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Thomas Jefferson Whitman to Walt Whitman, 11 December 1887

My dear Walt

I received your letter1 the other day—also the papers with the enclosures—and glad I was to hear from you again  Probably as Jess has told you I am poking around from place to place spending about 1/3 of my time on Rail Road trains2—and although it is not as bad as it might be yet I cannot say that I enjoy it much—suppose I would if I was fifteen years younger—but it is as it is3

We are having a bad snow storm here to-day—and I hav'nt been out yet—but I think I will walk over and look at the lake which I suppose is kicking up considerable of a bobbery just about now  The Milwaukee bay is a first rate place to see the waves dash on the shore it being about this shape Jeff Whitman's sketch of the shape of the Milwaukee Bay. Reproduced here from a scan of a photocopy of the original. 4 and when the wind is blowing stiff from the East you can see a wave start in at A and follow it for two or three miles as it passes B—that is except at the points at the mouth of the river or where the projecting piers are. When a fellow feels good it is lots of fun to see them—but just to day I dont feel first class  Kinder lonely—been in too much I suppose—

I am up here engaged in the almost hopeless task of trying to determine what can be done with the sewage of the town. Just now it is all emptied into the river that flows through the city and the deposit has become so great that in the summer it is terribly offensive to those who live along the edge of the river

I shall be here, off and on probably, five or six months—that is if the infernal thing dont worry me to death

I judge from your letter that you are holding your own fairly well—of course we are all getting older and as you say the machine will show wear, never so well may we patch it up. But I feel very much like our old friend Ruggles5 used to say, "we must make the best of it"

I hope, dear Walt, that you will keep in good spirits during the bad weather—I find in my own case that it is the hardest thing I have to combat—I often think that the only fellow that knows how to live is the wild-goose  He makes the world his own and follows the climate he likes—and no question of business can keep him either  Well good by Walt—write me whenever you feel like it  I always want to know how you are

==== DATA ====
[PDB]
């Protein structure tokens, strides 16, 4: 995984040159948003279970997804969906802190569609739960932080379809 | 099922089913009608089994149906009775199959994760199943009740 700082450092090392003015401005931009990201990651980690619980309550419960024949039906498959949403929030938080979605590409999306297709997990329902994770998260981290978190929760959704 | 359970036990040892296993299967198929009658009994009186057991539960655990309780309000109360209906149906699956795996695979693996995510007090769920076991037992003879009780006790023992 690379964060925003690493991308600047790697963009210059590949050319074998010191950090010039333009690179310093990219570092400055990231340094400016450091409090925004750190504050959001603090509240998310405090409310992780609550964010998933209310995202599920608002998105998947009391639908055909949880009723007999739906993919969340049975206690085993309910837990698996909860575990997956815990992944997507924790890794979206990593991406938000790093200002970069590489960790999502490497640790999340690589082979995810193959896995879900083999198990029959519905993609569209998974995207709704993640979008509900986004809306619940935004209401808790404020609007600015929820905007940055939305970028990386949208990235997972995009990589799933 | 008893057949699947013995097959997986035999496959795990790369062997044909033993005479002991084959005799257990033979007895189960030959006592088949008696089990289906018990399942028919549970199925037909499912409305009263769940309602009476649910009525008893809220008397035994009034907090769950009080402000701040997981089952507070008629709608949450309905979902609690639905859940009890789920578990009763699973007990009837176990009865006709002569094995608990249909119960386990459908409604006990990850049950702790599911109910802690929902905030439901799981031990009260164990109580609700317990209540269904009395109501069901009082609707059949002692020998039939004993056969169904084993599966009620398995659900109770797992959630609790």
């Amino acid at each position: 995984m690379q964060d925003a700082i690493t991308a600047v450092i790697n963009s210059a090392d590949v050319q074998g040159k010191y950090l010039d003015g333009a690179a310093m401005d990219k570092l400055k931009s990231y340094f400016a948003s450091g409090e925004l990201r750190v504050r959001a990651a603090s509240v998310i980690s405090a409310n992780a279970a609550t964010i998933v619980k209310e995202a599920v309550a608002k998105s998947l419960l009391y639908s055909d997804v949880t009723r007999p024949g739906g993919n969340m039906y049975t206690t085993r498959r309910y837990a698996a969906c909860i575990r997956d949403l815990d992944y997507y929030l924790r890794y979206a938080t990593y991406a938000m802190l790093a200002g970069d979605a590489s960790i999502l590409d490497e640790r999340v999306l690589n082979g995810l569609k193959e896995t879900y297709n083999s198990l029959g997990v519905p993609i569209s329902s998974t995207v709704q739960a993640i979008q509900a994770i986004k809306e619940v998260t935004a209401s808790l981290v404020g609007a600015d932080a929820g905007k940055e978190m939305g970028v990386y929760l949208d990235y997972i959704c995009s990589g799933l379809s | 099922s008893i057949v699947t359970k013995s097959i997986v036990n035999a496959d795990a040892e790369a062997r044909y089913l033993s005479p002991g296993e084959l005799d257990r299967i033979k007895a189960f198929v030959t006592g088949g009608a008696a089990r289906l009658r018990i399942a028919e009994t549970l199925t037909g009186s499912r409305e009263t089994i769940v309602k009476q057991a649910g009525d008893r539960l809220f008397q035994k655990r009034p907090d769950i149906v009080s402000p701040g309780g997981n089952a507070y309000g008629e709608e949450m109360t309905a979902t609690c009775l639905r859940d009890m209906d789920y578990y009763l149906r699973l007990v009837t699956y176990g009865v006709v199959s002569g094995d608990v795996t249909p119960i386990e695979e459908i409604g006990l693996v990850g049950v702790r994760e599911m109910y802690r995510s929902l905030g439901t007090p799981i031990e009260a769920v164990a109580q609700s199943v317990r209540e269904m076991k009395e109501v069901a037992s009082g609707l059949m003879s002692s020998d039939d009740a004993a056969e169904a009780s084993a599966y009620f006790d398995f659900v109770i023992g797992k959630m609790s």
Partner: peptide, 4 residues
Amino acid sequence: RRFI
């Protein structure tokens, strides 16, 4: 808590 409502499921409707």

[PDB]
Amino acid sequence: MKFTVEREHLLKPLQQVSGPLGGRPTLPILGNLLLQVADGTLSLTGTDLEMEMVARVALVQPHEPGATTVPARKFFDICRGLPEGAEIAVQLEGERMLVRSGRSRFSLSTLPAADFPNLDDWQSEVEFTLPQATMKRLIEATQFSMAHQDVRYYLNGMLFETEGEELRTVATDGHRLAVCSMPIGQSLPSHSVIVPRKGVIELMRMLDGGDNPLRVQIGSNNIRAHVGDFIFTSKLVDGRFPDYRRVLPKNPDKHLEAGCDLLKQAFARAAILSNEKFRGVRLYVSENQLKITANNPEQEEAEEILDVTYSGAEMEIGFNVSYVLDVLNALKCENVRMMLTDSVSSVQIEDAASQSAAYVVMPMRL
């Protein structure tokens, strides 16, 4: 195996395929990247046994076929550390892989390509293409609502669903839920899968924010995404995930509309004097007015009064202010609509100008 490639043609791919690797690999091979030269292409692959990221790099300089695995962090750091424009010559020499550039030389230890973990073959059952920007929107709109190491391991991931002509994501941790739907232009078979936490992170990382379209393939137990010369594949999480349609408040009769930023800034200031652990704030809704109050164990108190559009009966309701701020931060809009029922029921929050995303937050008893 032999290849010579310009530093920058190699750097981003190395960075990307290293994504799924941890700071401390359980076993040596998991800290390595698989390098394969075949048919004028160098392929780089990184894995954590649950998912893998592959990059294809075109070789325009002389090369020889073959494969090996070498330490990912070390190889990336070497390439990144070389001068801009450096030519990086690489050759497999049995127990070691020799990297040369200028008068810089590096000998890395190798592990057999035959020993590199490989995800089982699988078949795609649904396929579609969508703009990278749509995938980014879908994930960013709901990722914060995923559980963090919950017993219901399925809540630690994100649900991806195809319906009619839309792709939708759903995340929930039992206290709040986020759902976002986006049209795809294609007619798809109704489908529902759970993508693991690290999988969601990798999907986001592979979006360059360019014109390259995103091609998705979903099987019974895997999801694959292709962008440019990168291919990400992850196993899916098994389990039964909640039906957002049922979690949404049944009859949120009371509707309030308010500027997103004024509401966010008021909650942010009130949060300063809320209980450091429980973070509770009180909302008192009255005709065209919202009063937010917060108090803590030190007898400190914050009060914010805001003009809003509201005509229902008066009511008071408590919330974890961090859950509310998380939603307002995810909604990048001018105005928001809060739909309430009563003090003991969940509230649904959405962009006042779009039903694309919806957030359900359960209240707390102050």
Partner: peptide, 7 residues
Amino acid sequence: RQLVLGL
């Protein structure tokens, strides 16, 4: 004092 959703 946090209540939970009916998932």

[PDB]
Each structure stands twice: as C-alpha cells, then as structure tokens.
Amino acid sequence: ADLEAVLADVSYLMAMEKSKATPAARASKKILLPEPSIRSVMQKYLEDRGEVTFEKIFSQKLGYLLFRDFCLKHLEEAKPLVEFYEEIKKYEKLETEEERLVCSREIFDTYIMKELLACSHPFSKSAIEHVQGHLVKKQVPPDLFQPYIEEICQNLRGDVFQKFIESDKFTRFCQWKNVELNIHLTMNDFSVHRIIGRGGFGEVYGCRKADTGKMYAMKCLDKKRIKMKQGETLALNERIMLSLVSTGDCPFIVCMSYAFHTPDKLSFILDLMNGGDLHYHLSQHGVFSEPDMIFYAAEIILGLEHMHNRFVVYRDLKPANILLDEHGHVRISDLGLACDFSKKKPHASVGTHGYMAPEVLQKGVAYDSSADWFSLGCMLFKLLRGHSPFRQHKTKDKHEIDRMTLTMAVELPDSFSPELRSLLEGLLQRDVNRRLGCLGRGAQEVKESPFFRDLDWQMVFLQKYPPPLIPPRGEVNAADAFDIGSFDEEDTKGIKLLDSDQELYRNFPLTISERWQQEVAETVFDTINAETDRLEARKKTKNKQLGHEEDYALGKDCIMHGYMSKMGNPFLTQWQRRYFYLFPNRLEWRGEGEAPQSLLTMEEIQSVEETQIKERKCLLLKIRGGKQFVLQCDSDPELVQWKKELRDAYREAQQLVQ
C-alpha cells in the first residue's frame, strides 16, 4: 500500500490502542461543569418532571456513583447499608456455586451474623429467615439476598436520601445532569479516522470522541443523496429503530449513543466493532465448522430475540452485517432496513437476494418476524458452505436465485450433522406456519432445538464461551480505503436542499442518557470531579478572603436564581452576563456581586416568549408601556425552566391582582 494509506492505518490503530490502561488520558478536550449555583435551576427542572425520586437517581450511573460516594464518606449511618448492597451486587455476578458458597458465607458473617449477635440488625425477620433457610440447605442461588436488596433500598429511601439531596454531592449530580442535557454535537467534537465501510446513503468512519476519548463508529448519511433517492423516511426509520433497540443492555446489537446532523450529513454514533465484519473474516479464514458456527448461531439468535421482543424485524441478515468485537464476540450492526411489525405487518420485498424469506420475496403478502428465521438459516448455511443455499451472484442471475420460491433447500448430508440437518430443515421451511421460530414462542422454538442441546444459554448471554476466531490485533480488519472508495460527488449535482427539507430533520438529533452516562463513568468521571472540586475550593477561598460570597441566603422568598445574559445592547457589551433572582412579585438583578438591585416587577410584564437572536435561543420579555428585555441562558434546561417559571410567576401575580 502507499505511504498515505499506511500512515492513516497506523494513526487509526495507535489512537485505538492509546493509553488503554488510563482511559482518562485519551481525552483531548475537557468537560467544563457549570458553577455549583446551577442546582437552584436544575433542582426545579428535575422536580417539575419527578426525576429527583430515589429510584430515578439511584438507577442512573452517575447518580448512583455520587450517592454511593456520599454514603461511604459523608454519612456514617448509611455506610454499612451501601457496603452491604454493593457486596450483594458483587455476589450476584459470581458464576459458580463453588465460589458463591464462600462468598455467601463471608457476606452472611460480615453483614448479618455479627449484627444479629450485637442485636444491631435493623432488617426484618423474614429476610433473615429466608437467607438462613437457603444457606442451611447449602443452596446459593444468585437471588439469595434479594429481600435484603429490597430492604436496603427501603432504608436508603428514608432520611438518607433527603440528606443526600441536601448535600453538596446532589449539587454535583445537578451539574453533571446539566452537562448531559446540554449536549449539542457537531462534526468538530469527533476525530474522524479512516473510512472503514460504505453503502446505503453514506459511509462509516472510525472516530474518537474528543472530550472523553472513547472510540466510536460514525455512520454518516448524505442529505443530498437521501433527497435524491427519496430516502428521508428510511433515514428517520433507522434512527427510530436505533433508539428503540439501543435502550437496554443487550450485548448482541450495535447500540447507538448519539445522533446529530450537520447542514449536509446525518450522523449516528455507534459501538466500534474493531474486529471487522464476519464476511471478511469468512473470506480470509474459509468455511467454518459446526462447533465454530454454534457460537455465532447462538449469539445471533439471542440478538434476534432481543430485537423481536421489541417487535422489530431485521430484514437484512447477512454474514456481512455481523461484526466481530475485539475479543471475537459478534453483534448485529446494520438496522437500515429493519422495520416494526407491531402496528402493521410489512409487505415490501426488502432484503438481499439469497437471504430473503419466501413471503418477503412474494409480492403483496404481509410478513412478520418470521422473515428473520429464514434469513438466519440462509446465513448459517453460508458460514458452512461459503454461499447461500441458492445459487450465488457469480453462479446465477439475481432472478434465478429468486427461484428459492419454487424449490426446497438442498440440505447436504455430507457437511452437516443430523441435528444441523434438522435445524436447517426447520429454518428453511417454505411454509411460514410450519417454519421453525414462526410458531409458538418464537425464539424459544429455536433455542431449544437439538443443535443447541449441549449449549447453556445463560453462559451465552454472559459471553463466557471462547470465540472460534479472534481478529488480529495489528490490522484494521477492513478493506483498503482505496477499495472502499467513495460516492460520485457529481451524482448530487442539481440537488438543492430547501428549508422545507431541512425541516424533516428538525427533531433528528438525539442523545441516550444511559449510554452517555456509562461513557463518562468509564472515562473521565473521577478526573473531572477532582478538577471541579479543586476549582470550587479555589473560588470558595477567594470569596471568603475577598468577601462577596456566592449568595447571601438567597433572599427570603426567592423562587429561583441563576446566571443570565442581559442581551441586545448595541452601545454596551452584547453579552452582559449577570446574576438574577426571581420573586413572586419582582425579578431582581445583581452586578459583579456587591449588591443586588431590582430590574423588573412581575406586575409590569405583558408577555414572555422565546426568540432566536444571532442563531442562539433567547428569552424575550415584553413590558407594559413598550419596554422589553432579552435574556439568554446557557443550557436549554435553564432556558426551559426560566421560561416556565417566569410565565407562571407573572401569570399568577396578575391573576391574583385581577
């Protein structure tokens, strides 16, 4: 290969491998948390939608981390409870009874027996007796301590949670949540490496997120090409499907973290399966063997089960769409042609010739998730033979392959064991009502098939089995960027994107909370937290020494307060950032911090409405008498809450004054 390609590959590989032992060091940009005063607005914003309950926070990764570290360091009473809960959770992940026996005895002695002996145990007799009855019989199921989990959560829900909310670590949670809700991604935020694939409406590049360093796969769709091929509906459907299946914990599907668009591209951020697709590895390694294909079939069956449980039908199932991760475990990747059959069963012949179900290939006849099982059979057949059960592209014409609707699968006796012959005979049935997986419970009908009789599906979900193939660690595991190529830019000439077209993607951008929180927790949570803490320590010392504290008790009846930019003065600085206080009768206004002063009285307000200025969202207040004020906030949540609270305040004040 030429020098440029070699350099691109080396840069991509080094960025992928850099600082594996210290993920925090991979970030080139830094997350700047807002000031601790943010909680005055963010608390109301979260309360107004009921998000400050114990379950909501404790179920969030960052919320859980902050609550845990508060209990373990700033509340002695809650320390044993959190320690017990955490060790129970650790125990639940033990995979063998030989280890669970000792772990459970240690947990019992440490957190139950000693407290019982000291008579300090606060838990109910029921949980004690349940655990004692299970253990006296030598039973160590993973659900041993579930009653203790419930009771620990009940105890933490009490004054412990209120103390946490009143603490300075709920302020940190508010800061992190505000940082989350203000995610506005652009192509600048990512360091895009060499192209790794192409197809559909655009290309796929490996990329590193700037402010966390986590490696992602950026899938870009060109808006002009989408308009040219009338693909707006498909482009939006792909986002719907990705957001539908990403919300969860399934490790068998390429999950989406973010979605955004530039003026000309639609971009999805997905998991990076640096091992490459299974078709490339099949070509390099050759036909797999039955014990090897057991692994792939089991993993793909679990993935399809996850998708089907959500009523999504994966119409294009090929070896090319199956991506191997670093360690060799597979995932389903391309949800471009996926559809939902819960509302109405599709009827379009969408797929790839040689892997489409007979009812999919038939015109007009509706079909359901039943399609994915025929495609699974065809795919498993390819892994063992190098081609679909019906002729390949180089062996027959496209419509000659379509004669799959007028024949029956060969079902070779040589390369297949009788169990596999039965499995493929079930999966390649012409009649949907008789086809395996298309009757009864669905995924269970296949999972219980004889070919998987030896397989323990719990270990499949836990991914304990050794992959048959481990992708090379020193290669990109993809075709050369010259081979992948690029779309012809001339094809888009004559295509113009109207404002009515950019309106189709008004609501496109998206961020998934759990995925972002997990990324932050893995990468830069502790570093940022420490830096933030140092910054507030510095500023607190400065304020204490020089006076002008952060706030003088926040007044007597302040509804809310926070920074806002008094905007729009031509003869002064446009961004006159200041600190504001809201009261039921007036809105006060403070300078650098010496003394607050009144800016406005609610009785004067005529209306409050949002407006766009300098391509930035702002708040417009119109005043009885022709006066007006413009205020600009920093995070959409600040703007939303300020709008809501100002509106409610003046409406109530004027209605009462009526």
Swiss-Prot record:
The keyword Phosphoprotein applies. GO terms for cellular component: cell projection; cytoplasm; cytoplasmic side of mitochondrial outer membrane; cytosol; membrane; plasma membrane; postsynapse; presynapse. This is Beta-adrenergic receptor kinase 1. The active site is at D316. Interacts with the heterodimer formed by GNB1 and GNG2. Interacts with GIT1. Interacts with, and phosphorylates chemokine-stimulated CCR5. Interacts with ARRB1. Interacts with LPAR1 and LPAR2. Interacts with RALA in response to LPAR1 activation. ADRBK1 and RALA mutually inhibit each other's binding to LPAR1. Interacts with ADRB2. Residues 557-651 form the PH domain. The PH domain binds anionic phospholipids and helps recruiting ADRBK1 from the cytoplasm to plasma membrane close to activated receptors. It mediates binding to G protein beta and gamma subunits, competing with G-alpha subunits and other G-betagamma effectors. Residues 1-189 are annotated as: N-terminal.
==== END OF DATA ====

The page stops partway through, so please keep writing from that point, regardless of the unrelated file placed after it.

affectionately Jeff


  • 1. Whitman's letter of about December 9 is not extant. [back]
  • 2. Jessie may have given Whitman this information when she visited him in Camden in October 1887 (Walt Whitman: Daybooks and Notebooks, ed. William White [New York: New York University Press, 1978], 439). [back]
  • 3. In May 1887 M. L. Holman succeeded Jeff as water commissioner. Jeff's authority may have been weakened by the resolution adopted on February 18, 1887, by the lower house of the city assembly: "Resolved by the House of Delegates, the Council concurring therein, that the Water Commissioner be informed that the continued practice of furnishing the comsumers of water with a filthy, unsettled substance for the purpose of extracting influence in support of an ordinance to extend the present water system, the the [sic] said extension having for its purpose the perpetuation in office of barnacles whose places can be better filled by just as practical men, who will be glad to do their duty—should they be appointed—is dicountenanced by the Municipal Assembly, and the Water Commissioner is hereby respectfully requested to serve his purpose by means other than those calculated to inconvenience the taxpayers of the city" (Journal of the City Council, February 23, 1887). [back]
  • 4. Jeff's diagram is reproduced about one-quarter size. [back]
  • 5. See the letter from Thomas Jefferson Whitman to Walt Whitman of April 2, 1863. [back]
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